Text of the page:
Terrance Franklin

Recent Articles

Useable fingerprints ‘12 percent of the time’

The March 6 Star Tribune article about the found gun and sock that are being linked to Terrance Franklin has the police telling us that a certain study/report has shown that only “12 percent of the time are there usable fingerprints on a weapon.” This handgun that was found had no fingerprints or DNA from Franklin on it, but the sock is said to have Franklin’s DNA on it. Deputy Chief Kris Arneson was asked if the sock and gun were proof that Franklin was armed on the day he was shot. She said she couldn’t comment on that, but then said “people can draw their own conclusions.”

He wasn’t armed when he was shot. Are you armed even when you are unarmed if you were armed earlier in the day? Just what is the City of Minneapolis trying to do here? Continue Reading →

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Mpls police attempt to sully character of Terrance Franklin

News Analysis

By Mel Reeves

Contributing Writer

 

The Star Tribune headlines read “New DNA evidence in Franklin case” and “Terrance Franklin DNA tied to gun.” The headlines referenced a press conference held by Minneapolis police last week revealing supposed new evidence that a neighbor near where Franklin was killed found a gun that supposedly had been in Franklin’s possession on the day he was killed by police. According to the police, the gun was in a sock, and Terrance’s DNA was on the sock. However, Terrance’s DNA was not on the gun, nor were fingerprints found on the gun. So police appear to be saying now that Franklin had a gun when he was pursued by police but stashed it up the block before hiding in the house where he met his demise. However, the police said in the press conference that this is not the conclusion they are drawing. Continue Reading →

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The MSR 2013 year in review

The local Black press continues to publish stories “from our own lens”
 

By Charles Hallman

Staff Writer

This year, 2013, was historic as well as a year-long full of highs and lows: Two MSR reporters were among the national and international press that covered America’s first Black president’s second inauguration in January. Said Atlanta Daily World reporter Kenya King, a member of the Black press who was covering the Obama inauguration for the second time, “I’m here to capture…the moment of this historic occasion [and] to make sure that the message that should get across, does get across.”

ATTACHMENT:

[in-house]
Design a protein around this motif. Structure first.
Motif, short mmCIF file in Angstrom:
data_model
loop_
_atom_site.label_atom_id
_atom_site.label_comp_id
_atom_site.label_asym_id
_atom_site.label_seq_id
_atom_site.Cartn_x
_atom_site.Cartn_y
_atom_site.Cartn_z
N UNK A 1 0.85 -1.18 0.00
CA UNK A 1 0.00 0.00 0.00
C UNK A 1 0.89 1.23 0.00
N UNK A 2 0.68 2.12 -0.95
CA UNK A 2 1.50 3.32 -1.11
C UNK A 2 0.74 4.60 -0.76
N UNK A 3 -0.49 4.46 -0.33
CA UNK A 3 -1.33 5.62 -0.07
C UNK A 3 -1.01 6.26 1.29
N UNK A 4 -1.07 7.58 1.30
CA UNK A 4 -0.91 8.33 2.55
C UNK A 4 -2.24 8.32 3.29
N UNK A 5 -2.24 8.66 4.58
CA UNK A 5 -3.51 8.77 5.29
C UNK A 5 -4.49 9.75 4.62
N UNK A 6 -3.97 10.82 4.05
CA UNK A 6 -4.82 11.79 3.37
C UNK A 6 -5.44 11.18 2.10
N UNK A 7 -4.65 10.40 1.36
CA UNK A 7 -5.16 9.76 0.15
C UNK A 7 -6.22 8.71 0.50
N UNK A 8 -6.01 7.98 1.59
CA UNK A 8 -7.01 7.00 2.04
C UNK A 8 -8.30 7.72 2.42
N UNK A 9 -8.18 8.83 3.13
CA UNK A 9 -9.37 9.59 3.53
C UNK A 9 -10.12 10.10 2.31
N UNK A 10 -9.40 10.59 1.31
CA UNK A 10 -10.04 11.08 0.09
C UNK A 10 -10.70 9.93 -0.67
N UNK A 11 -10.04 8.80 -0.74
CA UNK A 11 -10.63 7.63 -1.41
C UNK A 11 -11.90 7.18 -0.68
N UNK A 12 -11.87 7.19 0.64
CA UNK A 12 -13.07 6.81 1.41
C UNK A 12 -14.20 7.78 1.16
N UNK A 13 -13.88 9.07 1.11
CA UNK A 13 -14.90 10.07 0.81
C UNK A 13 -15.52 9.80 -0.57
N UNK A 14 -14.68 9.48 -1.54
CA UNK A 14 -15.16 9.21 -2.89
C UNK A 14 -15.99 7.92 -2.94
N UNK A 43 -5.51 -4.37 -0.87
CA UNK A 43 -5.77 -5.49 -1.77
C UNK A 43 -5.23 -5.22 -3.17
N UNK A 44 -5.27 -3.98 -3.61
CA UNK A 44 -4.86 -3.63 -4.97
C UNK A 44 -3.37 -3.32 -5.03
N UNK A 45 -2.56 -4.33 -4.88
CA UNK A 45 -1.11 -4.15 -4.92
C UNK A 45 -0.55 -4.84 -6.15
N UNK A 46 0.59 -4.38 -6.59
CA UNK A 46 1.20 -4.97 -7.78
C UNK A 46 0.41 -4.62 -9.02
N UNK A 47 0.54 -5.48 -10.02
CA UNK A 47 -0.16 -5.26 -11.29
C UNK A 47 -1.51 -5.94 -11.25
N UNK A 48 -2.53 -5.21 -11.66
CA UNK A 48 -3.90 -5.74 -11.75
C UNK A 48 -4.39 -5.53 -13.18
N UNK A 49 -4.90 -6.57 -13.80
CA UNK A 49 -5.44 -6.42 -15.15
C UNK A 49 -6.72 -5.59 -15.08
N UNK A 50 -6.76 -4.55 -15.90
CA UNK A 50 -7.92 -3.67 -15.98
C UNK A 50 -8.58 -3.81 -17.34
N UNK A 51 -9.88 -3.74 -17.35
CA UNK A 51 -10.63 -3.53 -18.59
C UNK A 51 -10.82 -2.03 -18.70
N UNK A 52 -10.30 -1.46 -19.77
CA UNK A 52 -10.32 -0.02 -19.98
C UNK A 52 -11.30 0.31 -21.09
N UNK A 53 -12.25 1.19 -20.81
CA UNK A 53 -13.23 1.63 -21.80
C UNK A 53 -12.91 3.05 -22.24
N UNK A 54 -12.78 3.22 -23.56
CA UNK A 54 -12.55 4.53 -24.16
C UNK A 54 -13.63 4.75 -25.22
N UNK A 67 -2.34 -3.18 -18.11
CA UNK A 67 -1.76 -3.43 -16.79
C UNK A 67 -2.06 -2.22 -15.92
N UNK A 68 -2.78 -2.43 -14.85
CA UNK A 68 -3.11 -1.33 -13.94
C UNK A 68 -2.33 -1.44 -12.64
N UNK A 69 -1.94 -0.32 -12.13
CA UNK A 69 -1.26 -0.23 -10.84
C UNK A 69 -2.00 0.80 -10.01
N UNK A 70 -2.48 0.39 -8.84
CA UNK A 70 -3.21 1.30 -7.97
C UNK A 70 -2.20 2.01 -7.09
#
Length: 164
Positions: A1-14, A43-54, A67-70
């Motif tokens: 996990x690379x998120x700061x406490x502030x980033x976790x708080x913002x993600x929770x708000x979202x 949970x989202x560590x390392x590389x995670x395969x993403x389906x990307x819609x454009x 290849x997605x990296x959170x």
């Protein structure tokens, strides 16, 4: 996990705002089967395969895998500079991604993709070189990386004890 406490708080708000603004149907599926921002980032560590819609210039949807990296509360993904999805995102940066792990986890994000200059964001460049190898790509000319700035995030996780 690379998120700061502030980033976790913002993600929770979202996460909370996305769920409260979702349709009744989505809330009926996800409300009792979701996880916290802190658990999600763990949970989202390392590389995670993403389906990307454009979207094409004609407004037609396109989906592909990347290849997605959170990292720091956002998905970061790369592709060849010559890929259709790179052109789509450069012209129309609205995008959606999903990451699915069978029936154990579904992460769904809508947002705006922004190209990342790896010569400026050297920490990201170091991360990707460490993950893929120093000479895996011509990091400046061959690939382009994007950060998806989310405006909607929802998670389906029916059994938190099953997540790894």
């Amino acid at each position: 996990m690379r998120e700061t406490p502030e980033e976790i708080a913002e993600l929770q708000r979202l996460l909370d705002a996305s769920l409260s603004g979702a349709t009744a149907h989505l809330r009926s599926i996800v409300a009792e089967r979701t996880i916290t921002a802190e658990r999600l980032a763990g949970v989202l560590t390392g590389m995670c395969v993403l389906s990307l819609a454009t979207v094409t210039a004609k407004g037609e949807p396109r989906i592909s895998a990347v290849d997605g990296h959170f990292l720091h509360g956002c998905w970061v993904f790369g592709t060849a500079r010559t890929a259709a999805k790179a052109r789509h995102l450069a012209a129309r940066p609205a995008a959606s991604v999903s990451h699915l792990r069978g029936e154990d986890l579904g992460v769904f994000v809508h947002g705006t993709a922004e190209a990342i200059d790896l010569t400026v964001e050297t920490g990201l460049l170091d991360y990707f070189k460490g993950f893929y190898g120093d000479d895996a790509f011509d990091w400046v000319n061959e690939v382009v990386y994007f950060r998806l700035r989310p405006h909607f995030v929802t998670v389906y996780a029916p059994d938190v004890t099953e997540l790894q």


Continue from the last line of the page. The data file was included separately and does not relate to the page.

A ‘new Black agenda’ was discussed by the Council on Black Minnesotans and others during the organization’s Lobby Day at the State Capitol on March 19. The MSR asked several Blacks in attendance that day if they felt new voices and perhaps a new message is needed from Black Minnesotans. “I think it is time for new voices to be heard,” believed Greater Friendship Missionary

Baptist Church Pastor Rev. Billy Russell in our March 28 front-page story. The MSR also continued its coverage of the Affordable Care Act (ACA), and the introduction of MNsure, the state’s new health-insurance exchange program and how the new healthcare law will benefit Blacks. Continue Reading →

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Blaming both drivers for fatal cop chase makes no sense

Sgt. Andrew Brumm of the State Patrol Major Crash Reconstruction Unit said he “found nothing in his investigation to indicate that the Minneapolis police officer Joshua Young saw the oncoming motorcyclist Ivan Romero.” So what does this tell us? It really tells us nothing except that maybe Young didn’t see Romero because he didn’t give himself enough time to adequately look. The Star Tribune November 15 article “No charges in fatal cop chase” says that according to the crash reconstruction report, the collision was the fault of both drivers.” If it was an SUV running a red light and a police officer on a motorcycle going through the green light, and the cop crashes into the SUV, it is safe to say the reconstruction report would not fault both drivers. Most of the blame for Romero’s death, which happened on the day of the Terrance Franklin killing, is being put on Romero. Continue Reading →

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Life is cheap

It makes sense to me that the standards for a society are set by people in the highest positions of leadership and responsibility. So when the folks at the top operate in certain ways it can only be assumed it’s out of their perspective or an acceptable perception. I am always fascinated by the average citizens misunderstanding of what their government is about or up to. I am also always amazed at the naïveté of those who think that the armed bodies of men (and women) that we suppose are here to protect us are our protectors rather than protectors of the status quo. If I were to access the actions by those in charge and in power, I would assume that life is cheap. Continue Reading →